"Ea vine până la ora șase."
Translation:She comes by six o'clock.
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I'm not sure what the right way to interpret this sentence is. The English "She comes until six o'clock" to me is somewhat ambiguous between:
1) "She will be in the process of moving here until six o'clock (at which point she will have stopped moving)."
2) "She is visiting us until six o'clock (and then she will leave)."
Which of these two interpretations does the Romanian sentence point towards? Is this a colloquialism I (US Mid-Atlantic) have never encountered?
The English sentence should be, "She will come before six o'clock." "She will come by six o'clock" and "She is coming by six o'clock" are acceptable. It has a different meaning, but "She is coming by at six o'clock" is also a sensible English sentence.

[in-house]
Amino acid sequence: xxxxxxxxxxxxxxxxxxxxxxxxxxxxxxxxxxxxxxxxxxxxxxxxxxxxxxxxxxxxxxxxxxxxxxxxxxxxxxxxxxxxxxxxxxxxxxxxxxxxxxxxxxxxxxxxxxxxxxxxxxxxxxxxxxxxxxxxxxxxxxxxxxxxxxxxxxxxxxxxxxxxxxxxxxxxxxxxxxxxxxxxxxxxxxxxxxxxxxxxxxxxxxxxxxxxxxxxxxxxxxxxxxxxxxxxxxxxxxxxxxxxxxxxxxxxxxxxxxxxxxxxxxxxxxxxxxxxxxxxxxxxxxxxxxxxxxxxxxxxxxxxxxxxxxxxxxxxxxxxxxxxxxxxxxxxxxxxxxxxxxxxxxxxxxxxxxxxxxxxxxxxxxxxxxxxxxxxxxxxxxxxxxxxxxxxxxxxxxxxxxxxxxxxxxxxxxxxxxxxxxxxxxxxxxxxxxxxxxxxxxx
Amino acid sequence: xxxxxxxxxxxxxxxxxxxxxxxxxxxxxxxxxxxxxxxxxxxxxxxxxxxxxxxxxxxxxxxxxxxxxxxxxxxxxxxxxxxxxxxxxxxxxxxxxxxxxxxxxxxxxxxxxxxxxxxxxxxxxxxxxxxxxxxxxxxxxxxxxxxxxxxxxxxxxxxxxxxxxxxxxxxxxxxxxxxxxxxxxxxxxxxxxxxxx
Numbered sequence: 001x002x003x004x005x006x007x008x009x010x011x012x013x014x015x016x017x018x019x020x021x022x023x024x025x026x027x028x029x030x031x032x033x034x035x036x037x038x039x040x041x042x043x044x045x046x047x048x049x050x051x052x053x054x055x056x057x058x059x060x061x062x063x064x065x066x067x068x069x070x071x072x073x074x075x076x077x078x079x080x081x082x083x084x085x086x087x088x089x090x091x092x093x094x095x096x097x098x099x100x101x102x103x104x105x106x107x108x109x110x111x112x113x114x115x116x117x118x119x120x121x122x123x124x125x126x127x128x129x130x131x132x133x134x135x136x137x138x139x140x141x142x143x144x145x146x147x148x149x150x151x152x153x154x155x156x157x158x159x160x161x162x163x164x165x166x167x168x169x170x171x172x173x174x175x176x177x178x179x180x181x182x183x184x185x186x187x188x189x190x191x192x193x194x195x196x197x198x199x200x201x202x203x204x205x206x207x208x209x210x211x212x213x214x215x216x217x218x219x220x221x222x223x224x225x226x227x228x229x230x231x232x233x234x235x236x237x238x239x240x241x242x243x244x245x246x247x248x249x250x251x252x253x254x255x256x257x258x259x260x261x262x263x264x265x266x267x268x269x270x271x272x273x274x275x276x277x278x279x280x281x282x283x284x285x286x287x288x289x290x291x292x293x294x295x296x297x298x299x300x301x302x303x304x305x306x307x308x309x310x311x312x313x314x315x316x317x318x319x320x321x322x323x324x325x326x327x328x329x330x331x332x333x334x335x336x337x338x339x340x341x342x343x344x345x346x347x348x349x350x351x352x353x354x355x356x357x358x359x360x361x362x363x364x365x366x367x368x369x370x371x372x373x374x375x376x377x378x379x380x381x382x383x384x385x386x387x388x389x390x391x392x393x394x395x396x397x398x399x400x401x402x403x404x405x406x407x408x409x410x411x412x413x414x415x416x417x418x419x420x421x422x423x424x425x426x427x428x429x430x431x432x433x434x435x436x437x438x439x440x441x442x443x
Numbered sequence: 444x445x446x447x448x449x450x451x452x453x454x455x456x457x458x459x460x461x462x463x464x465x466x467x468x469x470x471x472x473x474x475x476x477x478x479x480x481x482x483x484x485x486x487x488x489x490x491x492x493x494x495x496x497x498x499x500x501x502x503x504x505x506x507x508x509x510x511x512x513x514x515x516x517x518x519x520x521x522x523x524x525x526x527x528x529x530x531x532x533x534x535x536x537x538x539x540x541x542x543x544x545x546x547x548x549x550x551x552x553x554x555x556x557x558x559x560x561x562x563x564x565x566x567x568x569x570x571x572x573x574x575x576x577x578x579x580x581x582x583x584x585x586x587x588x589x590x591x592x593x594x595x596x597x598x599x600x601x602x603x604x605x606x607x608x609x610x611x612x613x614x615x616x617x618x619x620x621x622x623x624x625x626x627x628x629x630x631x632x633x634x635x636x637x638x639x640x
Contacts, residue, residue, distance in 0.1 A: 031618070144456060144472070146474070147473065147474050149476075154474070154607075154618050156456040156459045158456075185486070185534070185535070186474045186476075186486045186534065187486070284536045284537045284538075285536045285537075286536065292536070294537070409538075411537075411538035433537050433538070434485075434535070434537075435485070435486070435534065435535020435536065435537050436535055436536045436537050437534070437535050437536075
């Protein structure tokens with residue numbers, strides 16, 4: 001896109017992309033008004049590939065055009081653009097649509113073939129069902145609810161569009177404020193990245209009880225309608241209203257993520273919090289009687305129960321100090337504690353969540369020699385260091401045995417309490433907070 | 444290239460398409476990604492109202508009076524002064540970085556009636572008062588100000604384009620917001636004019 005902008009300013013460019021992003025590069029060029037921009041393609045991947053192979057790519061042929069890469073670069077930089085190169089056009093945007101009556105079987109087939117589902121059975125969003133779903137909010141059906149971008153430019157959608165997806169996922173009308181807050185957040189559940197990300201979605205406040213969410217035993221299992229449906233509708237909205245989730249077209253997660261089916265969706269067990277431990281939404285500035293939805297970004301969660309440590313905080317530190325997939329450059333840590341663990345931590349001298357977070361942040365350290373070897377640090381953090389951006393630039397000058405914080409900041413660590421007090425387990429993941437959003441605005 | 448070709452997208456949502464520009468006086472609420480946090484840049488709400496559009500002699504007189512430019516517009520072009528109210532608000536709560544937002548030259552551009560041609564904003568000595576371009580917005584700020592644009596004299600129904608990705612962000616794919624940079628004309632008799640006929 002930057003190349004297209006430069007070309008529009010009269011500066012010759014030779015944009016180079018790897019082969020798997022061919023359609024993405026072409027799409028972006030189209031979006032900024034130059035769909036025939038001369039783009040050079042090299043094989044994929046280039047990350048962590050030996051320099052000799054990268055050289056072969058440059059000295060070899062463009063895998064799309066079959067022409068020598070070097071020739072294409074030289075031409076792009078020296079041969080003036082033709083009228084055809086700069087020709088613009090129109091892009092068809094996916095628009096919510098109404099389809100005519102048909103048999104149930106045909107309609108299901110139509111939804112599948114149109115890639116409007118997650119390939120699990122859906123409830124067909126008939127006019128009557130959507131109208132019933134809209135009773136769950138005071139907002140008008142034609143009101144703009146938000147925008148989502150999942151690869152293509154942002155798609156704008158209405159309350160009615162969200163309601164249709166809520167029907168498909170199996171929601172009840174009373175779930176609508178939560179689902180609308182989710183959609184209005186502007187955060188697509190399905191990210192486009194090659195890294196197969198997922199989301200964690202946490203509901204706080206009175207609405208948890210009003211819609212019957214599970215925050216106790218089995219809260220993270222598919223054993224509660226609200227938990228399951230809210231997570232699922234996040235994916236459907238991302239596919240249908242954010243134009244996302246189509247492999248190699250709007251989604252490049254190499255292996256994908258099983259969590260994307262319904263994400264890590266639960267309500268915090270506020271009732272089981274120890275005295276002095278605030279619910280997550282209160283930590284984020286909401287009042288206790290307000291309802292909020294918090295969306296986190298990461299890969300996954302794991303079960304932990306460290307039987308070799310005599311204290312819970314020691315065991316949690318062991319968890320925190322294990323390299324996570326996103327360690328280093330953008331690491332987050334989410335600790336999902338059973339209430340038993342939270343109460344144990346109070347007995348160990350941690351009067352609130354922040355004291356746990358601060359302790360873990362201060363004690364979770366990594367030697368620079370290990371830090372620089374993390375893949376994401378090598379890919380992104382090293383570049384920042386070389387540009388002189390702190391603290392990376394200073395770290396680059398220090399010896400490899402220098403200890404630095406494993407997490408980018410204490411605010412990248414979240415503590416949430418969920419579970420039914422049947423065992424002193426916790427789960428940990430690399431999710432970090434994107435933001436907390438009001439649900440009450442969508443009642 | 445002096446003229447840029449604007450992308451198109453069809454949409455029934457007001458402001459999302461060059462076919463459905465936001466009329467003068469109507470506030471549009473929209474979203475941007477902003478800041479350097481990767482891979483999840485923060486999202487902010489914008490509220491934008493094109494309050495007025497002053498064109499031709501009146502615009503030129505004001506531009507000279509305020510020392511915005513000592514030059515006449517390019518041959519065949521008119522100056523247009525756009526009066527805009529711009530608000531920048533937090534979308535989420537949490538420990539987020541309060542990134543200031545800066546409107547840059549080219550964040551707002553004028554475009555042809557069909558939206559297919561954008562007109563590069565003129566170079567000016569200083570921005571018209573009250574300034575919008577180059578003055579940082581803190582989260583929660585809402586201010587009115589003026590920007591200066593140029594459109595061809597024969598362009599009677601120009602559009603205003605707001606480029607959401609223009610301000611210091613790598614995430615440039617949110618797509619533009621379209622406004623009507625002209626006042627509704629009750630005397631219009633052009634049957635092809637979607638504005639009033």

"She comes by six o'clock" is odd.
I think your proposals are more general than "ea vine". When you say "ea va sosi ..." or "ea va ajunge ..." there is more room to think about another place, different of "here". So I think your examples are very good while "ea vine" is still the better one, because "ea vine aici" without any doubt.